From Moselle to Berlin, the paths of exile

Temporary exhibition

10 November 2006 - 10 March 2007

Temple Neuf, Metz

700 m2 - 37,000 visitors

Client: Conseil général de la Moselle

Design: Atelier Caravane, Strasbourg

Our contribution: Museography, production, together with Danièle Brochu and Patrick Absalon

This was a joint exhibition by Deutsches Historisches Museum in Berlin, Germany (which presented its own version of the theme from 22 October 2005 to 12 February 2006) and the Departmental Council of Moselle, France.

It aims at presenting the conditions surrounding the exile of French Huguenots to Berlin in the 17th and 18th centuries, the impact of the Huguenot community on the administrative, economic and cultural administration of Berlin, and the integration of these emigrants over the following centuries.

The exhibition venue was appropriately symbolic: the Temple Neuf, inaugurated by Emperor William II in May 1904, was built in the first years of the 20th century at a time when the French department of Moselle was annexed to the German Reich. It has been a protestant church since its foundation.

Past exhibitions

  1. PuceAmerican Gold

  2. PuceHuguenots

METZ 2006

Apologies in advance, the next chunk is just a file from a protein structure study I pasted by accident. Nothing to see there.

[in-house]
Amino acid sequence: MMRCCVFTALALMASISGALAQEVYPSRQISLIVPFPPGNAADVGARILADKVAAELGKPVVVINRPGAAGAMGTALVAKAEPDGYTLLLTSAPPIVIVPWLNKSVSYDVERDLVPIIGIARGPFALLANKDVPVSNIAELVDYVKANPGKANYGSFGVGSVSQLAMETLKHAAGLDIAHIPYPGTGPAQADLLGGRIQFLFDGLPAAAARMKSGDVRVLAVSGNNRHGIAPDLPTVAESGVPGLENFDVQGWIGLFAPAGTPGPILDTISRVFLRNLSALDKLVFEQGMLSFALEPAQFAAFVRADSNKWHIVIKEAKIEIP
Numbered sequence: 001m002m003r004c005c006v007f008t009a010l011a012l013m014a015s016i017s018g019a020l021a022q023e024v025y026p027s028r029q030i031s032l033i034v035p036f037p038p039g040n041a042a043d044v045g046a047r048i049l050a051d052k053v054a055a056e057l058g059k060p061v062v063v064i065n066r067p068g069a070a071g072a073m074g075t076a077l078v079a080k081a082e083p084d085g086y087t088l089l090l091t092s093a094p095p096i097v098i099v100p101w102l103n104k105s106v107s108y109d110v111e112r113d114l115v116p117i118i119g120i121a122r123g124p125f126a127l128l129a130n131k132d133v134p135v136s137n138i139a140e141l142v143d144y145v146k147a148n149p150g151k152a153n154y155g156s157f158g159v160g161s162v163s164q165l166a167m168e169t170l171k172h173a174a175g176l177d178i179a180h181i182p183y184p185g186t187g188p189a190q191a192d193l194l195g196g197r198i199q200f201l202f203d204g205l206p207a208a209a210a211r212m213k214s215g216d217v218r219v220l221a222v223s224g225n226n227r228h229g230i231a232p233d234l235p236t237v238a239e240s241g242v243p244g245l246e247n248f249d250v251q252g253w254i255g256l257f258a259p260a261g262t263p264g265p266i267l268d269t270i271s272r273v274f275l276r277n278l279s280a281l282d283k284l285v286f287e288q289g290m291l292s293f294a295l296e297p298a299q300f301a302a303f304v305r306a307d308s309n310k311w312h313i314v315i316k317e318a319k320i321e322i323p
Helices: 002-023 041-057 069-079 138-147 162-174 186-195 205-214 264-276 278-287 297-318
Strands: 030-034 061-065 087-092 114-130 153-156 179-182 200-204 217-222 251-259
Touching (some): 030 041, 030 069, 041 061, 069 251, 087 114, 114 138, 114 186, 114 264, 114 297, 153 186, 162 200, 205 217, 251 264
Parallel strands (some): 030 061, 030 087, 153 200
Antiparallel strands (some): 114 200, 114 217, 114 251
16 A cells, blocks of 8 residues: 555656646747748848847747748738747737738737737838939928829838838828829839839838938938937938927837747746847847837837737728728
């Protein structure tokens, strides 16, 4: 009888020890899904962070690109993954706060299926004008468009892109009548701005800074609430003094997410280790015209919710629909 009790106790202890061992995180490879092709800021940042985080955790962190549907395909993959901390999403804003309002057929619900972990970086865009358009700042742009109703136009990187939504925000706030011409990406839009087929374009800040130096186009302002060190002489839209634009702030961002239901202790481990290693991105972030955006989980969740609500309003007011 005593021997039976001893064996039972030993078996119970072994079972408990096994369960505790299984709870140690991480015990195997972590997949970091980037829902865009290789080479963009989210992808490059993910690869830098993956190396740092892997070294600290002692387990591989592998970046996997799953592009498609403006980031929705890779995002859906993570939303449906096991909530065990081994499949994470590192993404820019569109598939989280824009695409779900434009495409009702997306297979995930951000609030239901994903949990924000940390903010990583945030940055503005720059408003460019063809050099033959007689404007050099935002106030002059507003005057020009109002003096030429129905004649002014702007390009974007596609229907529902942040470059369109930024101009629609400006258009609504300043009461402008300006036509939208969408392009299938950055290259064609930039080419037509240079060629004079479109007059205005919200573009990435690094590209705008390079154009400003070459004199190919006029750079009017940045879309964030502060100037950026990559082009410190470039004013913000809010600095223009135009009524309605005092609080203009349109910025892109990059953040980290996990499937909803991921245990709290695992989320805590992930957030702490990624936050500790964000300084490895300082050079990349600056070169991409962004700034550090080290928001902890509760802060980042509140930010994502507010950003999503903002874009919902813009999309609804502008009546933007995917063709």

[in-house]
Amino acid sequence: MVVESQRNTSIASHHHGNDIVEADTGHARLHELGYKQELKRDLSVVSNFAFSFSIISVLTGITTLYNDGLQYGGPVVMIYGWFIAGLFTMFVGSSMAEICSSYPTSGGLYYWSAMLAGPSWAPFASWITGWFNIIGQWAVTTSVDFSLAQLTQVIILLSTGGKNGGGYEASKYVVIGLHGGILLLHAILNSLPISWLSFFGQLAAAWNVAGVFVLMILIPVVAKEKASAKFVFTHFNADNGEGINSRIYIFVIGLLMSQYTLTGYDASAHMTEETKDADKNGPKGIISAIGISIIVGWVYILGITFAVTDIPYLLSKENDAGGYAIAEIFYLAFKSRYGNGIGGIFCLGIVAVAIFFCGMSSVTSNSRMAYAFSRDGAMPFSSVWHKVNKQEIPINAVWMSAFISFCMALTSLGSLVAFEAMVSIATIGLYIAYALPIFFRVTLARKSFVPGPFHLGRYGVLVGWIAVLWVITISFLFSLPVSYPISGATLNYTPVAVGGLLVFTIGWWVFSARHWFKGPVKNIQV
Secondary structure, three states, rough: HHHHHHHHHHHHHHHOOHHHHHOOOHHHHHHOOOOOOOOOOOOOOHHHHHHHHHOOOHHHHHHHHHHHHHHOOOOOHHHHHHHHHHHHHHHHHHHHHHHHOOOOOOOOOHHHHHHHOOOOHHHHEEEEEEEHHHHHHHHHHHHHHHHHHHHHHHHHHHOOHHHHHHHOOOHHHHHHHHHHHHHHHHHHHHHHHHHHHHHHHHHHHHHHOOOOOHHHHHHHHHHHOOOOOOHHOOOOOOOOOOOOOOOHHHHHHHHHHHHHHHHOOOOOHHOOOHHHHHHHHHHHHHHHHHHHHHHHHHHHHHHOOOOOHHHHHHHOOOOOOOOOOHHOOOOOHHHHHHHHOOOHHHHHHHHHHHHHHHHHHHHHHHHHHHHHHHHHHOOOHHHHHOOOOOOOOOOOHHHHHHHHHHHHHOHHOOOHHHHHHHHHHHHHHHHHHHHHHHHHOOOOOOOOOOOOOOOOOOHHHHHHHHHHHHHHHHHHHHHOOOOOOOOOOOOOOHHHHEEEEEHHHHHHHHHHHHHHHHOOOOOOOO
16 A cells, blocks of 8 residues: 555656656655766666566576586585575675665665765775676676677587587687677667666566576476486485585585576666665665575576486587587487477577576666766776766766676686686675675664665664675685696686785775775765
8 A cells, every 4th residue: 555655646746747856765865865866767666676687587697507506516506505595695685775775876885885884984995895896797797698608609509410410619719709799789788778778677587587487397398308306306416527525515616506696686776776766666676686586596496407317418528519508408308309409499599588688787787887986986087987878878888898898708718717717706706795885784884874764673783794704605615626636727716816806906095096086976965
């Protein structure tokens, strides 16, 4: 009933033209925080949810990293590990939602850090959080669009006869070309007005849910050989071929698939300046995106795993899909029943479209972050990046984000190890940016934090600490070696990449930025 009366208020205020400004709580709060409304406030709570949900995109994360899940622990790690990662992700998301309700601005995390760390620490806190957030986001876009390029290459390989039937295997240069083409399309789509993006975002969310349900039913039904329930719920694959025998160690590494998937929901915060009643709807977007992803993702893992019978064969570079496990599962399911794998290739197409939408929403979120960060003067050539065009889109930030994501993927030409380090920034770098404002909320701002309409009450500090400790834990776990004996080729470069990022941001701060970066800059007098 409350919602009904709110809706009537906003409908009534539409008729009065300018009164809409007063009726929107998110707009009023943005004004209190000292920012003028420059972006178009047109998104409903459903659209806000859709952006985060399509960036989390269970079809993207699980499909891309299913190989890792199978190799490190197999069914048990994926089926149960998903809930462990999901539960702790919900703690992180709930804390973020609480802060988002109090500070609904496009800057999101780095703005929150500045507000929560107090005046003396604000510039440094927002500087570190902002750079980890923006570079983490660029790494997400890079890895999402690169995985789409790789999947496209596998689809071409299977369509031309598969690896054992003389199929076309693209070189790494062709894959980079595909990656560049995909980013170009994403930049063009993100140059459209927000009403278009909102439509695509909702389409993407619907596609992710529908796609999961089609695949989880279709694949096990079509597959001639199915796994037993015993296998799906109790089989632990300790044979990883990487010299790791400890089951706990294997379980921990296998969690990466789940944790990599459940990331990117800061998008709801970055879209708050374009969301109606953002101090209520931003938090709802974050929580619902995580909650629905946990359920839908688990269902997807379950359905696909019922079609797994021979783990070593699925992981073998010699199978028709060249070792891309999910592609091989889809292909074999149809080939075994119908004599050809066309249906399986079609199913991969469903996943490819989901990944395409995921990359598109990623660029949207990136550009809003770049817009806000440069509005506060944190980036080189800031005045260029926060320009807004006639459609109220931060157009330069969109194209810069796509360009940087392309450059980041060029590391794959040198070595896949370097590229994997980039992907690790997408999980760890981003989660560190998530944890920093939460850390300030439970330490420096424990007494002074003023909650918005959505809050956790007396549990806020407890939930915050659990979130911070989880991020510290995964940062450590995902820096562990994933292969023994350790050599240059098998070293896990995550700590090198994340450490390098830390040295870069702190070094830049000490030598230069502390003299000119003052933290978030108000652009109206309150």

American Gold

Gold is a fascinating mineral both for its specific properties and the way it appears in nature. Just as fascinating is the way in which it shapes human societies. This has proved particularly true in the Americas, where the quest for gold led to colonization by Europeans, where the fortune of the United States was built on the gold lodes of California, and where gold mining even today has substantial impact on the environment.

Temporary exhibition

8 April 2009 - 11 January 2010

Muséum national d’Histoire naturelle, Paris

1,200 m2

Client: Muséum national d’Histoire naturelle

Design: Kinga Grzech

Our contribution: Scenography, displays, production, together with the exhibitions department, MNHN

PARIS 2009

The treasures of museums and private collections are presented in the historical halls of the Muséum national d’Histoire naturelle’s mineralogical gallery.

The exhibition showed at the Temple neuf in Metz, which was originally inaugurated in 1904 by the Emperor Wilhelm II. It has been a Protestant church from the time it was founded.